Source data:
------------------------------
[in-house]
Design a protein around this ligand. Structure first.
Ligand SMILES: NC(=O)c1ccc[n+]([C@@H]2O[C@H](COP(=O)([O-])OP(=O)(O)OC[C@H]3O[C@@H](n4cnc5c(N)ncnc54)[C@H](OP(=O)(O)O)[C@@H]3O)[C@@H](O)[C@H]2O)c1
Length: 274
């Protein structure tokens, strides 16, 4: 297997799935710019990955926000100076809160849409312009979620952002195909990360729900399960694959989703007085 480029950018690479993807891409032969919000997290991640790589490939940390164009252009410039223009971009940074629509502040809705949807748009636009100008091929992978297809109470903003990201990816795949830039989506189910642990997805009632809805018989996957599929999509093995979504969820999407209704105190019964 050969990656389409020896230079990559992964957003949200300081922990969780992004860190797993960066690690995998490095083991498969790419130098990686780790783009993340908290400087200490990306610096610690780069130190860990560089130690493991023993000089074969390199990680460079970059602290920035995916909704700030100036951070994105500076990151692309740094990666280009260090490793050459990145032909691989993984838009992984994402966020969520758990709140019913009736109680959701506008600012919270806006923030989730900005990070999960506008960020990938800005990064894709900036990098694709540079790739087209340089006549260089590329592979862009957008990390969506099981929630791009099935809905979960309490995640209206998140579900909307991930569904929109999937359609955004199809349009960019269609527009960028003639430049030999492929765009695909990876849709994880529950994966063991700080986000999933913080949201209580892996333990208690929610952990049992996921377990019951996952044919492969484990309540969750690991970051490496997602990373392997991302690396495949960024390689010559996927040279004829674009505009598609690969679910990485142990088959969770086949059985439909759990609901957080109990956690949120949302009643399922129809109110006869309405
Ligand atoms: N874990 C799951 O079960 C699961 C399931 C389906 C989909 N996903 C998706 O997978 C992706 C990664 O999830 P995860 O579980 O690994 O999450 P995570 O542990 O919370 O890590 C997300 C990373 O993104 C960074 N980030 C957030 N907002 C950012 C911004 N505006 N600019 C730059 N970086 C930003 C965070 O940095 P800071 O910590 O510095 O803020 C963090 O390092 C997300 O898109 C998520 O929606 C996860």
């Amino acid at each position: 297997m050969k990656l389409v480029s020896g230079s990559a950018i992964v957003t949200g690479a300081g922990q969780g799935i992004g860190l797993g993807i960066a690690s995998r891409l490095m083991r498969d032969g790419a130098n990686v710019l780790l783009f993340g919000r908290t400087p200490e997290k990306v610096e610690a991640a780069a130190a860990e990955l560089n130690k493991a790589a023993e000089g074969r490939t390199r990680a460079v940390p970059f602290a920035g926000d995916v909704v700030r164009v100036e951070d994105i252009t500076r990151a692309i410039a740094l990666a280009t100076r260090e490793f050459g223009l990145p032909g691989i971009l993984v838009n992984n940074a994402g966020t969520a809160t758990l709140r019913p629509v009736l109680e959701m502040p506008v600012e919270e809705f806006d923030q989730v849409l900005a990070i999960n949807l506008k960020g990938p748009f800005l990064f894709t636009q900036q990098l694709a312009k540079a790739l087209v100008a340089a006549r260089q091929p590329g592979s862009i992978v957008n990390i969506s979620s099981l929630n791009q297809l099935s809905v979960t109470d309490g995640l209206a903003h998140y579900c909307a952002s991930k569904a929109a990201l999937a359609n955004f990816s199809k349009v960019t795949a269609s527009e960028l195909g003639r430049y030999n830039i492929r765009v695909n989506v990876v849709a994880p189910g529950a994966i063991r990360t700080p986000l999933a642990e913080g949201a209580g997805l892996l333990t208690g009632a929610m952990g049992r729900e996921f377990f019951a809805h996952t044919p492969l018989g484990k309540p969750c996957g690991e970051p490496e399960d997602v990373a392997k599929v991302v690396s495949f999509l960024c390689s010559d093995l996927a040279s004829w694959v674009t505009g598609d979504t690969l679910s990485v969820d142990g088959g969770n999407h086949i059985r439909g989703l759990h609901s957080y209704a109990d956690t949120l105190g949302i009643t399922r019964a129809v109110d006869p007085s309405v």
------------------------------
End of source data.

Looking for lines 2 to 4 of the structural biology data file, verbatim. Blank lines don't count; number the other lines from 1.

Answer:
Design a protein around this ligand. Structure first.
Ligand SMILES: NC(=O)c1ccc[n+]([C@@H]2O[C@H](COP(=O)([O-])OP(=O)(O)OC[C@H]3O[C@@H](n4cnc5c(N)ncnc54)[C@H](OP(=O)(O)O)[C@@H]3O)[C@@H](O)[C@H]2O)c1
Length: 274